The validation process compared the simulated discharge of a selected outlet of a sub-basin with observed discharge measured at gauge station nearby, plotted in Figure 8(a) with corresponding precipitation data from the closest meteorological station. As outlined in the methods, the model validation was carried out using in-situ data from 2004 to 2008. The results were a P-factor of 0.68 (that is, 68% of the observed discharge was bracketed by the modeling result of 95PPU), and R?factor of 1.82 (that is, the 95PPU bracket thickness). In both cases, the results were unable to achieve the recommended values of (Abbaspour, 2015), which were set to be greater than 0.7 for P-factor and less than 1.5 for R-factor. These optimum values as endorsed by Abbaspour et al. (2015)act more of a guide rather than absolute numbers which must be achieved. The values are dependent on project scale and availability of input and calibration data as mentioned in (Abbaspour et al., 2015; Beharry et al., 2021; Musyoka et al., 2021; Pontes et al., 2021). In the validation process the R-factor recorded a value > 1.5, which was found to be satisfactory due to the large size of the study area under consideration and limited calibration data availability. Moreover, the recorded R-factor above the recommended value could be attributed to low flow during the years 2004-2005, especially when compared with peak-flow characteristics during the calibration period. Pontes et al. (2021)also recorded similar results during the evaluation of SWAT model to simulate monthly streamflow in a catchment in Brazil. Nonetheless, the objective function results in the validation process achieved NSE of 0.8,  of 0.89 and RSR of 0.44 with all three scoring in the very good category as stipulated by (Moriasi et al., 2007). While the model indicated a PBIAS of -20.0 falling within a satisfactory range for validation as stated by (Koycegiz and Buyukyildiz, 2019; Moriasi et al., 2007). Similarly, the validation also demonstrated poor performance at the end of a streamflow season, but also at times during low flow by falling outside the 95PPU bracket.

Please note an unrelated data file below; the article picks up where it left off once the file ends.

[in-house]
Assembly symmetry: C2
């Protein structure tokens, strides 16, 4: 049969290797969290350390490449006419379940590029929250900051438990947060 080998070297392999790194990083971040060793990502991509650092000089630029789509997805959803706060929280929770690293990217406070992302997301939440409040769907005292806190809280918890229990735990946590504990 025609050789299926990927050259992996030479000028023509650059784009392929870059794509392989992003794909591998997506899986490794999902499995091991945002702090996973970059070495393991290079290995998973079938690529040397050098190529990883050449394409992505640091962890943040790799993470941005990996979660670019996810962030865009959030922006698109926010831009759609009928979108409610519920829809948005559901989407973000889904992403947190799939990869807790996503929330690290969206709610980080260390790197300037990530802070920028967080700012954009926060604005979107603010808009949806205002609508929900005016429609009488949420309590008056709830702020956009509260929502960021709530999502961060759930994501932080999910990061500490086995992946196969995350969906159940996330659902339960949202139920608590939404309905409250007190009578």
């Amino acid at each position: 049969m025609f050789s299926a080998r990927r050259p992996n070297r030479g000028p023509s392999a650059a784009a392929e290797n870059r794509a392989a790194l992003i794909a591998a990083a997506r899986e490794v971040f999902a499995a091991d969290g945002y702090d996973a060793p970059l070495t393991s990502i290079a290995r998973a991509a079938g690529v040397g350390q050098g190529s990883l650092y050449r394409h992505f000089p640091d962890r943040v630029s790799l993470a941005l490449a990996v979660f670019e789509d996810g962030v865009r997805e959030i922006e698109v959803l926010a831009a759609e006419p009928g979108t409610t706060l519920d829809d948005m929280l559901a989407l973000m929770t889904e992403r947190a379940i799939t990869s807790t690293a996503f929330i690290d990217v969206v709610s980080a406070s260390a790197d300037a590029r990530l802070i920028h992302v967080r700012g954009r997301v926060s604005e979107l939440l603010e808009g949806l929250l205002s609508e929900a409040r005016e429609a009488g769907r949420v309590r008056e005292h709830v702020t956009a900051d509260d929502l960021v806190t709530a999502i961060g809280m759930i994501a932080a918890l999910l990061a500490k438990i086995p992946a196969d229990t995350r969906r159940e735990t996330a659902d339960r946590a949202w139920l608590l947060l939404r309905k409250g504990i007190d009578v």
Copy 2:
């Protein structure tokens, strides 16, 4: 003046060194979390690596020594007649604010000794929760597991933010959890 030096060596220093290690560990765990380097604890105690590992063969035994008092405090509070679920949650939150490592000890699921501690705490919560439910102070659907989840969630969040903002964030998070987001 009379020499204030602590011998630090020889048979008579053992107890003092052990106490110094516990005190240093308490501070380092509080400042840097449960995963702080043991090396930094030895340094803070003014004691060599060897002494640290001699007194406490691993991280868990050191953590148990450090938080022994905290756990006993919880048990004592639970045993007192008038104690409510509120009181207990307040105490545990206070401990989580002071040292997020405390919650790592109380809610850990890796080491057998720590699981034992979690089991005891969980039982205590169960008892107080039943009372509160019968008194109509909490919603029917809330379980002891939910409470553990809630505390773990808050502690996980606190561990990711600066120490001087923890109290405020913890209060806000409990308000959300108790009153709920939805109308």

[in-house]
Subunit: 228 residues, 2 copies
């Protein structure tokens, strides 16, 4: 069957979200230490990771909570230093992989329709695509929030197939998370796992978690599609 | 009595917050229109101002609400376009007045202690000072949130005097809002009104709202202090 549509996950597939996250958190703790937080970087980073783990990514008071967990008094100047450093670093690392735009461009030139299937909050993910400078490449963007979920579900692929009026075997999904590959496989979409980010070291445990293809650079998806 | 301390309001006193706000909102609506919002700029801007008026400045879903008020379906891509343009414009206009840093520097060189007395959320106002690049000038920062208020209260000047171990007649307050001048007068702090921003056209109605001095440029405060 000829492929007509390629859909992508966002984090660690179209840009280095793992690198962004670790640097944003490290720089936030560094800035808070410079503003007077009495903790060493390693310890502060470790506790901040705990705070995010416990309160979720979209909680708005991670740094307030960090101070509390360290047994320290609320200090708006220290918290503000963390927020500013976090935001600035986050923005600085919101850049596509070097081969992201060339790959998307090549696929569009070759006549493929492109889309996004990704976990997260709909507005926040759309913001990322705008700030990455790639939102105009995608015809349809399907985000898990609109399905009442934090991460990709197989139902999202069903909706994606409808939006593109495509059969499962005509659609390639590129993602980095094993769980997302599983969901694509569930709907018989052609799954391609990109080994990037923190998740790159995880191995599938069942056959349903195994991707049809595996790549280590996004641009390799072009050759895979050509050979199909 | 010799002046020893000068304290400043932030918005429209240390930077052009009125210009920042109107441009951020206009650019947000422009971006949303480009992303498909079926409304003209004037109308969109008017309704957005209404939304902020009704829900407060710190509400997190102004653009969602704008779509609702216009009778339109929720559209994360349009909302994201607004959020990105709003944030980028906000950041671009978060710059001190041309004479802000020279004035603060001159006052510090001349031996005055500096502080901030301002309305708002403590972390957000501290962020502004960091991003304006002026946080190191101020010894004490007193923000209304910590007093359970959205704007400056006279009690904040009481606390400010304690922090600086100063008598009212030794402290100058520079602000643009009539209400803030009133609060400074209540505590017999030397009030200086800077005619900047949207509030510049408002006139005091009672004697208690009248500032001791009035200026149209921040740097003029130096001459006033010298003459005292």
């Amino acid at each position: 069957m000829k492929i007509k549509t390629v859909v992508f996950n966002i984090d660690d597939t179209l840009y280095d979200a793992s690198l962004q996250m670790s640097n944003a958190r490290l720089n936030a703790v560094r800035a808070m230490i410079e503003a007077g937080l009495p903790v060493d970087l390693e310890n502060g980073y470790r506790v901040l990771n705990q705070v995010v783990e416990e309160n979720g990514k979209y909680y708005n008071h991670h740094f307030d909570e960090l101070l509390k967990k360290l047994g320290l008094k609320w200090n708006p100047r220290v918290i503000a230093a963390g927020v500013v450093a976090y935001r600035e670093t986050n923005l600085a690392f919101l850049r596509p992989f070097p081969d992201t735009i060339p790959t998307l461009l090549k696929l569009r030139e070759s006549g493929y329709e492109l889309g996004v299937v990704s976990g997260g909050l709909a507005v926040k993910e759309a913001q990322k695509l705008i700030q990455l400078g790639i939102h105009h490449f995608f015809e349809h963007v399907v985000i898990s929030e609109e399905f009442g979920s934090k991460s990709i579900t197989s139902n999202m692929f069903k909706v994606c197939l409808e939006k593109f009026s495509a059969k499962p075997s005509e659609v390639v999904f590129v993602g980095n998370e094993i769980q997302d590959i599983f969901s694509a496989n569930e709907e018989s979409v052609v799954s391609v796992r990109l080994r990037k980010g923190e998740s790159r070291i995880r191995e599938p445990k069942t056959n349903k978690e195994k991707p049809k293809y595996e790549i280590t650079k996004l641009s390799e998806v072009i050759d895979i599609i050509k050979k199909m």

Coefficient of determination (R2) of the scatter plot in Figure 8(b) attained 0.88 indicating a positive correlation between observed and simulated data during the validation period. This result indicates the success of the model performance. However, in Figure 8(a) a high overestimation during low flow years were seen while closely matched results between simulated and measured streamflow during peak flow years were observed.

 

 

Model performance evaluation

 

A SWAT hydrological model was setup and implemented for a semi-arid catchment in Namibia to evaluate model performance for streamflow estimation. The model was calibrated using the limited available observed river discharge data. Despite the simulation for the study area carried out from 1985 to 2015, the calibration and the validation processes could only be implemented for the periods 1990 to 2008 due to inconsistencies and missing observed discharge data subsequent to this period. Such limitations were also observed by Terskii et al. (2019)in a similar study.